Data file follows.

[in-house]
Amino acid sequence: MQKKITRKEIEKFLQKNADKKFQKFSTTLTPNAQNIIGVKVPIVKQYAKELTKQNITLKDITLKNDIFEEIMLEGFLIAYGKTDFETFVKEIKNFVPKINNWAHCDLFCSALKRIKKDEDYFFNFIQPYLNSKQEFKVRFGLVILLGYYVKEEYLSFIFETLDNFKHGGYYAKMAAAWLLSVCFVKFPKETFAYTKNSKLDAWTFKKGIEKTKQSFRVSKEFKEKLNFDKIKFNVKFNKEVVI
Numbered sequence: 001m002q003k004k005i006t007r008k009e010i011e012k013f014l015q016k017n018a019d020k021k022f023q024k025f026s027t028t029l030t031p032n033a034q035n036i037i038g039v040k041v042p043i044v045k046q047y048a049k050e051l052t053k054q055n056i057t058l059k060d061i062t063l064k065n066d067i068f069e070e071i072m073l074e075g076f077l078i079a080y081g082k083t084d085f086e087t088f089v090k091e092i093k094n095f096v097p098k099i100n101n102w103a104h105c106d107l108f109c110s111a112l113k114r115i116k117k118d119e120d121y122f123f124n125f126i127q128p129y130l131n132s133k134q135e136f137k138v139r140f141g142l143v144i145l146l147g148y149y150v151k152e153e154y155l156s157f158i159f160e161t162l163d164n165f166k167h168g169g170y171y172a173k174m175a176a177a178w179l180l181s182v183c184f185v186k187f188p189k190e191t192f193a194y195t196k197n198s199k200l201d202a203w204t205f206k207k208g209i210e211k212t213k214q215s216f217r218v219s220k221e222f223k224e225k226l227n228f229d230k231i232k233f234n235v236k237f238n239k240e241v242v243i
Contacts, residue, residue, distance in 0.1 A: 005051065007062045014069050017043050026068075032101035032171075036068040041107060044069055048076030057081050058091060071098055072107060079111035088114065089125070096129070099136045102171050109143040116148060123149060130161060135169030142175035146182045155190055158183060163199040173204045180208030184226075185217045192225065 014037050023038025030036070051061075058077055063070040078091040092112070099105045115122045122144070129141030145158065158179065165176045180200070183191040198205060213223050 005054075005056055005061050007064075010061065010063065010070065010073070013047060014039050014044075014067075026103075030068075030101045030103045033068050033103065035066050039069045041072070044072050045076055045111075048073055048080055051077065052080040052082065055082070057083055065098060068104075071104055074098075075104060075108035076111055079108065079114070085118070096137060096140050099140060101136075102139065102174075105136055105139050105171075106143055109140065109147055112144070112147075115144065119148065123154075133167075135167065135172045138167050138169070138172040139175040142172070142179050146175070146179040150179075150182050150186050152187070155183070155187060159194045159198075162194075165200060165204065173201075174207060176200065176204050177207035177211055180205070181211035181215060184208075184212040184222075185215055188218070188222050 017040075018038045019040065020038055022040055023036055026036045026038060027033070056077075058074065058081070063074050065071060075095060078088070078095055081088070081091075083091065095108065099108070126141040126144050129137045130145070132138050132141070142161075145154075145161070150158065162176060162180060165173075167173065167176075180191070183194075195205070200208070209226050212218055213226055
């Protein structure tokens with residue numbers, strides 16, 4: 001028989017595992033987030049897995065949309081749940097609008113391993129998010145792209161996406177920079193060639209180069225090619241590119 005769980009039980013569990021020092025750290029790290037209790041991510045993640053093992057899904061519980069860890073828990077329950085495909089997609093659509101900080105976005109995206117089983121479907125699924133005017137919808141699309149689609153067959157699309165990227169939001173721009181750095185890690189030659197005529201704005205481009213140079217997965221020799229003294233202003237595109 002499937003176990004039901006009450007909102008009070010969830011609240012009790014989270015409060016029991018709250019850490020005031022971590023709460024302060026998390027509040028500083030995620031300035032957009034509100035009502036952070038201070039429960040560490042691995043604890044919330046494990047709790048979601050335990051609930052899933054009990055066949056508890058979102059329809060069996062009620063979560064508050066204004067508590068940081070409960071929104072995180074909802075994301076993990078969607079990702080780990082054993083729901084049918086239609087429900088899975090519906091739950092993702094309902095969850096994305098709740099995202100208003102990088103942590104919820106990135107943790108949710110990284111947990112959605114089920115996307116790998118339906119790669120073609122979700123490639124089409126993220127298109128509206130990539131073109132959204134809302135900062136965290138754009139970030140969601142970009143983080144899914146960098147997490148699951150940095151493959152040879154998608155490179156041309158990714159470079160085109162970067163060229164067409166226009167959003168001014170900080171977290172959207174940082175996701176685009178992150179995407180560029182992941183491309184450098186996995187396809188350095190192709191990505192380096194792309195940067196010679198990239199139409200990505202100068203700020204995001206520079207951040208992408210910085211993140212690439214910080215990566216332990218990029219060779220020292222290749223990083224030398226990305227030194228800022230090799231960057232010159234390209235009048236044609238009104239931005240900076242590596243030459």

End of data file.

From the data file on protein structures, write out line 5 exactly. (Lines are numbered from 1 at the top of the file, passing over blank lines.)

């Protein structure tokens with residue numbers, strides 16, 4: 001028989017595992033987030049897995065949309081749940097609008113391993129998010145792209161996406177920079193060639209180069225090619241590119 005769980009039980013569990021020092025750290029790290037209790041991510045993640053093992057899904061519980069860890073828990077329950085495909089997609093659509101900080105976005109995206117089983121479907125699924133005017137919808141699309149689609153067959157699309165990227169939001173721009181750095185890690189030659197005529201704005205481009213140079217997965221020799229003294233202003237595109 002499937003176990004039901006009450007909102008009070010969830011609240012009790014989270015409060016029991018709250019850490020005031022971590023709460024302060026998390027509040028500083030995620031300035032957009034509100035009502036952070038201070039429960040560490042691995043604890044919330046494990047709790048979601050335990051609930052899933054009990055066949056508890058979102059329809060069996062009620063979560064508050066204004067508590068940081070409960071929104072995180074909802075994301076993990078969607079990702080780990082054993083729901084049918086239609087429900088899975090519906091739950092993702094309902095969850096994305098709740099995202100208003102990088103942590104919820106990135107943790108949710110990284111947990112959605114089920115996307116790998118339906119790669120073609122979700123490639124089409126993220127298109128509206130990539131073109132959204134809302135900062136965290138754009139970030140969601142970009143983080144899914146960098147997490148699951150940095151493959152040879154998608155490179156041309158990714159470079160085109162970067163060229164067409166226009167959003168001014170900080171977290172959207174940082175996701176685009178992150179995407180560029182992941183491309184450098186996995187396809188350095190192709191990505192380096194792309195940067196010679198990239199139409200990505202100068203700020204995001206520079207951040208992408210910085211993140212690439214910080215990566216332990218990029219060779220020292222290749223990083224030398226990305227030194228800022230090799231960057232010159234390209235009048236044609238009104239931005240900076242590596243030459």